By Chris Carmichael
In 40-plus years of cycling, I’ve never experienced heat like I did climbing through the Pyrenees mountains when I rode with team 7-Eleven in the 1986 Tour de France… or the first three stages of the 2013 Amgen Tour of California. There’s not a spot of shade anywhere, the narrow canyons offer no breeze and the sun bakes the rock walls, the road, and the riders. I felt like my shoes were on fire and I was breathing through a hair dryer.
Heat is the ultimate enemy for an endurance athlete, because after a point, the hotter you get, the slower you’ll go. Part of the problem is that your body generates heat when you exercise, and there’s absolutely no way to avoid it—it’s the primary by-product of physical activity. Only a small portion of the energy liberated from food is used for mechanical work, such as walking or pedaling. The rest radiates from your body as excess heat, which can be a big problem when it’s hot outside. Fortunately, with some planning and attention to detail, dangerously hot days won’t slow you down, and you’ll be able to continue to maximize your training and racing.
Expose Yourself Consistency is a key to acclimating to hot, humid weather. Active exposure, such moderate-intensity cycling, leads to faster and greater adaptations than passive exposure, such as sitting in a sauna or un-air-conditioned house. Chances are if you’ve been riding all summer, your body has already made the key adaptations of increasing blood plasma volume (to produce more sweat) and beginning to sweat earlier and over more of your body. Acclimating typically takes two weeks of consistent heat riding. While you don’t need to ride every day in high temperatures, when you’re trying to acclimate, don’t go more than two or three days between hot training sessions.
Staying hydrated and well fed is also critical to the process of temperature acclimation, and it’s important to note that it’s totally ineffective to restrict liquid intake purposely in an attempt to teach the body to perform well without it. Not only does it not work, it’s dangerous, and you’re better off supporting your body’s natural adaptations with plenty of fluids.
Pick Your Time Riding in the morning or evening to avoid the heat of the day falls into the “no s—t” category of advice, but there are other cooler times to ride, such as in the rain or soon after a thunderstorm. Training in the rain also offers the bonus of gaining the wet-riding skills and confidence you’ll need when the sky opens up at your next race or century. If the mercury is scaring you away from hard intervals, which generate the most body heat, consider doing your intervals in an air-conditioned room with fans before going outside to complete the rest of your training volume at a steady, moderate intensity. Personally, I’d ride outside at midnight rather than spend more time indoors in the summer, but maybe that’s just me.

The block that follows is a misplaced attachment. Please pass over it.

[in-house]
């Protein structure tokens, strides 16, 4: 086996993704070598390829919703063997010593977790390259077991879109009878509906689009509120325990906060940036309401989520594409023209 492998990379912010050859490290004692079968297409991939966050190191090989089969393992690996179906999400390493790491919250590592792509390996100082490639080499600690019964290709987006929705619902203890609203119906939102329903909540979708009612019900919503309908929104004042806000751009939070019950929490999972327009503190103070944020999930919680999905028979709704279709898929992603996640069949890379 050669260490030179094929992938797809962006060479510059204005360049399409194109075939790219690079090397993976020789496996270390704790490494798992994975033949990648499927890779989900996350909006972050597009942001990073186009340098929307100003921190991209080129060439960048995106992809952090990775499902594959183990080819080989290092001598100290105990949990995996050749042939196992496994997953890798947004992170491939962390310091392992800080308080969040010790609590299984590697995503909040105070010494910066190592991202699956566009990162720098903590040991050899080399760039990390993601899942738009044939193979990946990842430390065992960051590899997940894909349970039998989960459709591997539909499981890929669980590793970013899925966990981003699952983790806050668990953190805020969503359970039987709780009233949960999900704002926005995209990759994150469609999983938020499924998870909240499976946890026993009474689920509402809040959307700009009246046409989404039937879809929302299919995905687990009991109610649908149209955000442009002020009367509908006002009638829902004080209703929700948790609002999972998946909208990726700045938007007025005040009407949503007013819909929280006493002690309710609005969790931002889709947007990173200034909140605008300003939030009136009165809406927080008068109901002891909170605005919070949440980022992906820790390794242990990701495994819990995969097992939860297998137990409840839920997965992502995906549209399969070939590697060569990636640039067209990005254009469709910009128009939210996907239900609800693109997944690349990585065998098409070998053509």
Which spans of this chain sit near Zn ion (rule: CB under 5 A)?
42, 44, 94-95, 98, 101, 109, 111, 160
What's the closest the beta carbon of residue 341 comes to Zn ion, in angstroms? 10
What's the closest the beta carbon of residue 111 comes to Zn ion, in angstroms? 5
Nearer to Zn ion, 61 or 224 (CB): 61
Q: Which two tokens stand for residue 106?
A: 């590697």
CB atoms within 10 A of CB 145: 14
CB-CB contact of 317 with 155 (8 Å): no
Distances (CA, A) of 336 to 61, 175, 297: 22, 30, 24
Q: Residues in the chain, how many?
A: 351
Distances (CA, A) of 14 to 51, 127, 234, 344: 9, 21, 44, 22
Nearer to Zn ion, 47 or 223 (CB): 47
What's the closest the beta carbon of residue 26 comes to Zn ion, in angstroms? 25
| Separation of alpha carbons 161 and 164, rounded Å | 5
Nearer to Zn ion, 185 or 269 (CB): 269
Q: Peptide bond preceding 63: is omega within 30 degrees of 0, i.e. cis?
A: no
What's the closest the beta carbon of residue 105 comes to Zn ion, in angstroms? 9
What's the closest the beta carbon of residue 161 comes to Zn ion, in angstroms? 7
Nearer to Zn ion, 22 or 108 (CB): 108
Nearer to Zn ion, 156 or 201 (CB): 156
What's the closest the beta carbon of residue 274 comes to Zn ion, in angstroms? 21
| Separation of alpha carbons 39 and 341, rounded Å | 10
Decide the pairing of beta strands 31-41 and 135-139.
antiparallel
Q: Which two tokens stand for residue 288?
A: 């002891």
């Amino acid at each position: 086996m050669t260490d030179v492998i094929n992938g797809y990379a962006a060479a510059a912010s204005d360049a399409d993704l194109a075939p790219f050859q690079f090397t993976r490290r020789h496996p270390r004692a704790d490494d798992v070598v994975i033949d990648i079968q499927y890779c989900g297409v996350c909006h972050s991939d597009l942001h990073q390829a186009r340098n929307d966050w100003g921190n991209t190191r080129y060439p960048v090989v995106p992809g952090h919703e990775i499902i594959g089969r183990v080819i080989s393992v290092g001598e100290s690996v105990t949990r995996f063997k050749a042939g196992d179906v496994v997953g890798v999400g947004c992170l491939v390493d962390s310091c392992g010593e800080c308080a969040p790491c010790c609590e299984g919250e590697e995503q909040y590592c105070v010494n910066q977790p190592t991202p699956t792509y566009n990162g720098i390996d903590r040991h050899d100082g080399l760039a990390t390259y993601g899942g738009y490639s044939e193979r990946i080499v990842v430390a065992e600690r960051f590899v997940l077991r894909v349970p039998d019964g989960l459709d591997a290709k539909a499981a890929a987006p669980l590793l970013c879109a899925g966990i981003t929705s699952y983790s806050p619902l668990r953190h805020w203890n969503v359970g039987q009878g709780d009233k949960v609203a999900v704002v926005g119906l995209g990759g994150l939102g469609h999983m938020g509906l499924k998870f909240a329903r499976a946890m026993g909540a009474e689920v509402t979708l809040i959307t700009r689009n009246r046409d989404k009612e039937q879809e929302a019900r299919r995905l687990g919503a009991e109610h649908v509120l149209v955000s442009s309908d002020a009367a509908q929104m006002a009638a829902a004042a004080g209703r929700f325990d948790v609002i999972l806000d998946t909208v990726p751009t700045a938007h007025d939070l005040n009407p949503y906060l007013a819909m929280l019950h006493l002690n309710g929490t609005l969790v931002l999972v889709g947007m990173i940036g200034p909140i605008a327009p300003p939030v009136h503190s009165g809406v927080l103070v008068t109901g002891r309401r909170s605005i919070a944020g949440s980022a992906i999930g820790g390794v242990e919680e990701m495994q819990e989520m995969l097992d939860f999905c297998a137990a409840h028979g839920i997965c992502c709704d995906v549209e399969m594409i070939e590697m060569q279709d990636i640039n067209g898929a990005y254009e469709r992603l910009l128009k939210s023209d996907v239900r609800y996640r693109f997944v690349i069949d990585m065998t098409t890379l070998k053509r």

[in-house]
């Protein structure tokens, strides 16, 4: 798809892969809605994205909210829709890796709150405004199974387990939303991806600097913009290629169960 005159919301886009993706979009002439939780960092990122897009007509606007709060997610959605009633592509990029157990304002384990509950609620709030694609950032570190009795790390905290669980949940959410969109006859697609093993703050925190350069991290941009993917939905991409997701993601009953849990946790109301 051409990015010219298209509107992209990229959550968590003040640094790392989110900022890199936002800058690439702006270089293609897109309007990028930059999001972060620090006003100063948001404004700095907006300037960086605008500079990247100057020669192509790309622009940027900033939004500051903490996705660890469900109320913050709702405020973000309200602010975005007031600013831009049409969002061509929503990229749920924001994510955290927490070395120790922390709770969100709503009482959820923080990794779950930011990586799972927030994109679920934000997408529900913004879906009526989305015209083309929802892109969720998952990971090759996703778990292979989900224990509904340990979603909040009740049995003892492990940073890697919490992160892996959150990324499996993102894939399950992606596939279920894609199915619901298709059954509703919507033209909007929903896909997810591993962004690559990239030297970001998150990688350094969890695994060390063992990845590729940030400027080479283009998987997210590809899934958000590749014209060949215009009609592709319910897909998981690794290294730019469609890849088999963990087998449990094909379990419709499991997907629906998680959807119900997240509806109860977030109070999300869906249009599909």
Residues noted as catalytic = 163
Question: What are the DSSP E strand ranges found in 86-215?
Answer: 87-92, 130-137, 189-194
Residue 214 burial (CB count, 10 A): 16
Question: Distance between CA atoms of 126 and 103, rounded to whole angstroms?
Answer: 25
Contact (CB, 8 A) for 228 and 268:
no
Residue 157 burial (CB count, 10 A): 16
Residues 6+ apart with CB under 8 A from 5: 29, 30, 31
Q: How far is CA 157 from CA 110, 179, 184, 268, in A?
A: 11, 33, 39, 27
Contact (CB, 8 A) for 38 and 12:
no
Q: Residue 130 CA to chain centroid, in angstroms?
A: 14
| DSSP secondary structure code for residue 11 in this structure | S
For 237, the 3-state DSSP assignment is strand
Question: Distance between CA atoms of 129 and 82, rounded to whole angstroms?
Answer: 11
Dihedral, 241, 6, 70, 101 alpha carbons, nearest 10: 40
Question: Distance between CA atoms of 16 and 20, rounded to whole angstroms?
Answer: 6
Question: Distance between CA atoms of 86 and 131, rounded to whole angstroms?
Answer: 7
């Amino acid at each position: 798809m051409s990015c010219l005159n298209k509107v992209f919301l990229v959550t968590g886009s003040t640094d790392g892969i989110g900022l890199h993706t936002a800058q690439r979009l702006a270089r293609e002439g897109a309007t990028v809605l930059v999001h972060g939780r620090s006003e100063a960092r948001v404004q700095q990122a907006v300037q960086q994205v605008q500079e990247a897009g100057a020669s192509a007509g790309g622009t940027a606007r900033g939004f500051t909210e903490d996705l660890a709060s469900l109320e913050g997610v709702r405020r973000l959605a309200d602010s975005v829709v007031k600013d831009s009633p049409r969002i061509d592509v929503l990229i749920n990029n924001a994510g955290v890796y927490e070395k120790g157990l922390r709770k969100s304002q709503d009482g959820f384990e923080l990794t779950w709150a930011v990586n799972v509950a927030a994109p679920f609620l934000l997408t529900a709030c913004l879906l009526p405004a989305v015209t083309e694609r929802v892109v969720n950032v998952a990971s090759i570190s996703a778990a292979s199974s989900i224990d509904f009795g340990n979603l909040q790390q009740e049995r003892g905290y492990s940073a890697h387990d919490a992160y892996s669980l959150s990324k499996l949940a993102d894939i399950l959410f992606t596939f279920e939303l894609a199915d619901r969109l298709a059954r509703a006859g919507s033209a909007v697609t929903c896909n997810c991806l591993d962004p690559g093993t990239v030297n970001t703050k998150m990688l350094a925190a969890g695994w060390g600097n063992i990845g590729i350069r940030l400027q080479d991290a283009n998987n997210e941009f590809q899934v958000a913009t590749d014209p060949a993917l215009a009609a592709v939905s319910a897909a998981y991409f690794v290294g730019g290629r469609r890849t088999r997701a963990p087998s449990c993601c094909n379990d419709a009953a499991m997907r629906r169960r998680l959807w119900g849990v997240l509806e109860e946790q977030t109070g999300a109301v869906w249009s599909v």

Warm Up To Cool Off A thorough warm up is vital in the heat because it lets your evaporative cooling system get up to speed before you do. Jumping right into a hard effort spikes your body temperature before you’ve started sweating enough for your system to begin cooling you. One of the benefits of greater fitness and acclimation is that your body begins sweating earlier–it’s much easier to keep a body cool than to use sweat to cool it once it’s overheated. To stay on the safe side, start workouts off slowly when it’s hot.
Get Wet When it’s really hot, in my days and even now, Tour de France riders grab bottles from fans, but not to drink. Drinking water comes from the team car, but the water from the fans is perfect for cooling off. Does dumping water on your head and clothing help? Yes. Cyclists have an edge over other athletes in this type of cooling because we move fast enough to have constant airflow over the wet clothing. On heat alert days, carry extra bottles or stop and refill often to ensure you have enough liquid to keep your body wet. If you overheat to the point of heat illness, find a way to immerse yourself in cool or cold water, the best way to reduce core temperature, according to the American College of Sports Medicine. Jump in a creek, stand in a sprinkler, use a hose—whatever you have to do to completely soak yourself. The wetter you get, the more quickly you’ll dissipate heat.
(Adapted from Chris Carmichael's column in Bicycling Magazine.)